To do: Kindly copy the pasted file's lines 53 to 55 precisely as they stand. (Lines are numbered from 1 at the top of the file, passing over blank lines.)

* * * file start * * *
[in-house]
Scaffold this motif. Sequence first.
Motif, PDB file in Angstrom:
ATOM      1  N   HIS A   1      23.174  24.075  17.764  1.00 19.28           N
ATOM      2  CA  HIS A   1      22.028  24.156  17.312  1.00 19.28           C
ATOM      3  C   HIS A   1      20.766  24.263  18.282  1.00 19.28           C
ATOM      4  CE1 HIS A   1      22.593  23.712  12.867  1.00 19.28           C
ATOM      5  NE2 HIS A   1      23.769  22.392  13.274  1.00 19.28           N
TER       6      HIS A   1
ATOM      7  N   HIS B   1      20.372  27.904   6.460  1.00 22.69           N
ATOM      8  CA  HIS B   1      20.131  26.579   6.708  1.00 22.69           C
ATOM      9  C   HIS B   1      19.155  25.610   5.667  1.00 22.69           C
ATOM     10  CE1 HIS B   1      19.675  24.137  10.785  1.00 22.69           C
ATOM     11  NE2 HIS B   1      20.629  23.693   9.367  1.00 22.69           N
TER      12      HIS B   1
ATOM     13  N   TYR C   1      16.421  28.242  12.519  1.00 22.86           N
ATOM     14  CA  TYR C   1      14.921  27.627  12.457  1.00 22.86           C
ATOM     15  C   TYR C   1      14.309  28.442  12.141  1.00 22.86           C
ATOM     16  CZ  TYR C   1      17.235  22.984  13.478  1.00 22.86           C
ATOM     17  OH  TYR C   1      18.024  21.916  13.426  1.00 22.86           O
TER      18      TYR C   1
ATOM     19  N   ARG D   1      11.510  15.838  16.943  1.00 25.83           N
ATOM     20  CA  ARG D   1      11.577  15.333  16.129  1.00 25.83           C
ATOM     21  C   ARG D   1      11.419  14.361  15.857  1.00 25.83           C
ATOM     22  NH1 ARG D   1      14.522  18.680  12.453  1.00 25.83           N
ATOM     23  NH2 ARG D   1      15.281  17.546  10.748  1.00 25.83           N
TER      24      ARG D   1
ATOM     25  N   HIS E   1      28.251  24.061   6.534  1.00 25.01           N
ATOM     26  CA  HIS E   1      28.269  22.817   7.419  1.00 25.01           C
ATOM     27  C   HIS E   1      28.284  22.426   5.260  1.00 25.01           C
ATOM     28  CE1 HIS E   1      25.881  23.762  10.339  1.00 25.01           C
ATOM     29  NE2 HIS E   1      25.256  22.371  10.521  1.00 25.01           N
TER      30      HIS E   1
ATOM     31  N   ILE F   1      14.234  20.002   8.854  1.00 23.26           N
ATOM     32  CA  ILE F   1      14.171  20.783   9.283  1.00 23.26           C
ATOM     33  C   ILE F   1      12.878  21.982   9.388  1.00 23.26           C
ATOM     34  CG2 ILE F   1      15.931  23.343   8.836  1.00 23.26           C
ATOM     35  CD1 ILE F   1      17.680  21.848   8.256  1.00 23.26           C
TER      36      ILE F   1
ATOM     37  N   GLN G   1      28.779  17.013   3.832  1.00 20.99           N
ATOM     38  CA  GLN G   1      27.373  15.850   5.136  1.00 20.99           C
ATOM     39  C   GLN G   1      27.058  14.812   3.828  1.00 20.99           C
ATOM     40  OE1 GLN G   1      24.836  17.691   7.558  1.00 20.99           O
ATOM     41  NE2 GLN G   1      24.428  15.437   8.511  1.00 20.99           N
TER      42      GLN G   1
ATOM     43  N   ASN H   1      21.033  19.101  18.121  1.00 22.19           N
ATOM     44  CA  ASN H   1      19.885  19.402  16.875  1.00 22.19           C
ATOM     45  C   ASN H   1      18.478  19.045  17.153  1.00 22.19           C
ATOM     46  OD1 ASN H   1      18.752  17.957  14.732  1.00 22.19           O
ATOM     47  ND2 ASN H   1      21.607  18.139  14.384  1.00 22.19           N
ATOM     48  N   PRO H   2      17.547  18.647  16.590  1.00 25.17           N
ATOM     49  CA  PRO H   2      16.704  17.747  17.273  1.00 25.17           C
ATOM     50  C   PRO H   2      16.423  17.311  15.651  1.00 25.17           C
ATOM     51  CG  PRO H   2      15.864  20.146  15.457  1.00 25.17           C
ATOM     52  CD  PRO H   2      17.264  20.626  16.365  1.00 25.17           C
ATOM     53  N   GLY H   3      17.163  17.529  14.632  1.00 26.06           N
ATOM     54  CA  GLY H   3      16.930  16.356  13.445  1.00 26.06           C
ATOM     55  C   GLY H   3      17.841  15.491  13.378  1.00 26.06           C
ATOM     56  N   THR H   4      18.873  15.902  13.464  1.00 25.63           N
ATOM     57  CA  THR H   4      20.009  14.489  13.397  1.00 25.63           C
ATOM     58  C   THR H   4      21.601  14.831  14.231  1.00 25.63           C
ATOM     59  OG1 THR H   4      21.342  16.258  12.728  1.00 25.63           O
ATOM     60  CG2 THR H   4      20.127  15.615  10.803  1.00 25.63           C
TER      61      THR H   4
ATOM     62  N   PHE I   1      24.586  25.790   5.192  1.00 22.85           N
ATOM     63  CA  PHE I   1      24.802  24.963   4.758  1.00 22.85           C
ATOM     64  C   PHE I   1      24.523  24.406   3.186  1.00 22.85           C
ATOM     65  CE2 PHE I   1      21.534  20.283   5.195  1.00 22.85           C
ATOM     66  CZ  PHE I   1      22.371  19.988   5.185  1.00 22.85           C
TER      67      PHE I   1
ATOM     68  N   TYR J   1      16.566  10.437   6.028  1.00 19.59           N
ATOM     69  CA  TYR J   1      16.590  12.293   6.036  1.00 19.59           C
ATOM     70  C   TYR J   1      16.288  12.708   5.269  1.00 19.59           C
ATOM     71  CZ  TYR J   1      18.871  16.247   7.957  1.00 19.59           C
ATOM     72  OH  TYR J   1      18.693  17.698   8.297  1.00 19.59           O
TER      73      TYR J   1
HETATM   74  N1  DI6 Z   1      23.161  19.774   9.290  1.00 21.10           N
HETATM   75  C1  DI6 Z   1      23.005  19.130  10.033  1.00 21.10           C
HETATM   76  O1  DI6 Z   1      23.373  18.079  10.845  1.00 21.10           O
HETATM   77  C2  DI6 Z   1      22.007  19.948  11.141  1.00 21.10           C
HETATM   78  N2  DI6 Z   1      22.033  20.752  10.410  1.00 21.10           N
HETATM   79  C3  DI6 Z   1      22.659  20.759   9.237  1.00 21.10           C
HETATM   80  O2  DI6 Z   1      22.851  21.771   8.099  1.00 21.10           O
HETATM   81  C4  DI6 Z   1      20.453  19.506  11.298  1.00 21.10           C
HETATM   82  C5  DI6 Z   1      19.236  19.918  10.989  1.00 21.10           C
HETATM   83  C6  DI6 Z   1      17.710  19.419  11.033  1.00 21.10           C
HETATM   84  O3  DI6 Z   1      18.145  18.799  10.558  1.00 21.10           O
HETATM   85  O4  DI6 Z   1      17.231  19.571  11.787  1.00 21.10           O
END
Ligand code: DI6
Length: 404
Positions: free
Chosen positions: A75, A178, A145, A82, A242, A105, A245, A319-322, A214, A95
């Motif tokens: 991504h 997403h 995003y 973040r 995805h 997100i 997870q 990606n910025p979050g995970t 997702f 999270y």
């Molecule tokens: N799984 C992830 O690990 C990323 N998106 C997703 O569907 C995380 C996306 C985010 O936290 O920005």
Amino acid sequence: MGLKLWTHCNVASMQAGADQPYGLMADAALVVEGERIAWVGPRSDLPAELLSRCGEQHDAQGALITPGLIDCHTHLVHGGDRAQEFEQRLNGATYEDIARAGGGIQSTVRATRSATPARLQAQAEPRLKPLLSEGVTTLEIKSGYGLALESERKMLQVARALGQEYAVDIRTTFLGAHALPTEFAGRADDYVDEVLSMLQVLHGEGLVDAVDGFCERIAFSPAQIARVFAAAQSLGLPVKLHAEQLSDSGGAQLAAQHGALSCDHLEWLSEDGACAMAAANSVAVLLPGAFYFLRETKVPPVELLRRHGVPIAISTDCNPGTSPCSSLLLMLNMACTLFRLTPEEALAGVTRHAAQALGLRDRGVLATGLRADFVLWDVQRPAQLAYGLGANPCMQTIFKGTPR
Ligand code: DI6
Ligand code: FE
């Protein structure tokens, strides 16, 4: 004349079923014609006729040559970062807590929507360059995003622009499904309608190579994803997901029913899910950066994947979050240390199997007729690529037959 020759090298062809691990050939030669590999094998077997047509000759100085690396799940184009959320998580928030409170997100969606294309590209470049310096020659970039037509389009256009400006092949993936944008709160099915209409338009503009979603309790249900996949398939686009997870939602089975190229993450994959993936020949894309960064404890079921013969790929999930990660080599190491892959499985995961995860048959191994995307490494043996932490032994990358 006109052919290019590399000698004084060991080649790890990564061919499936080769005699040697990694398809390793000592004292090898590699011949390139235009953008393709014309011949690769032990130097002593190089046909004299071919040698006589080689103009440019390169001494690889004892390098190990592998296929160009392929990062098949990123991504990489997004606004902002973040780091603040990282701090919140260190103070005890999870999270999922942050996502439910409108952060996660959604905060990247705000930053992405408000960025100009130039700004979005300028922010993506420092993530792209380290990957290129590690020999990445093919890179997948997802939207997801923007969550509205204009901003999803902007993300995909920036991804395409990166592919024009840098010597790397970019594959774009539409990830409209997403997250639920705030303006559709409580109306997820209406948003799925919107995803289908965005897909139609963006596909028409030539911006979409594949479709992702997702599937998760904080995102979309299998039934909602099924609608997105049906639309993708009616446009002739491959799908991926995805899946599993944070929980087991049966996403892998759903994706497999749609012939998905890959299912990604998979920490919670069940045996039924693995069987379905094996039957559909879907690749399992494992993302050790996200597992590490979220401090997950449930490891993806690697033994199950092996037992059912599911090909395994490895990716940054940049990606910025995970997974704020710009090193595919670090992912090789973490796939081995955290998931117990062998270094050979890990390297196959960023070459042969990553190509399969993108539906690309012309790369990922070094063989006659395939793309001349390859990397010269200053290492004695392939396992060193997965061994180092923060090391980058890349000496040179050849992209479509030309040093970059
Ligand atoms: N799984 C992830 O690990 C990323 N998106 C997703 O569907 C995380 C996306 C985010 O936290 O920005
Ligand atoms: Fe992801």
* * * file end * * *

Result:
ATOM     50  C   PRO H   2      16.423  17.311  15.651  1.00 25.17           C
ATOM     51  CG  PRO H   2      15.864  20.146  15.457  1.00 25.17           C
ATOM     52  CD  PRO H   2      17.264  20.626  16.365  1.00 25.17           C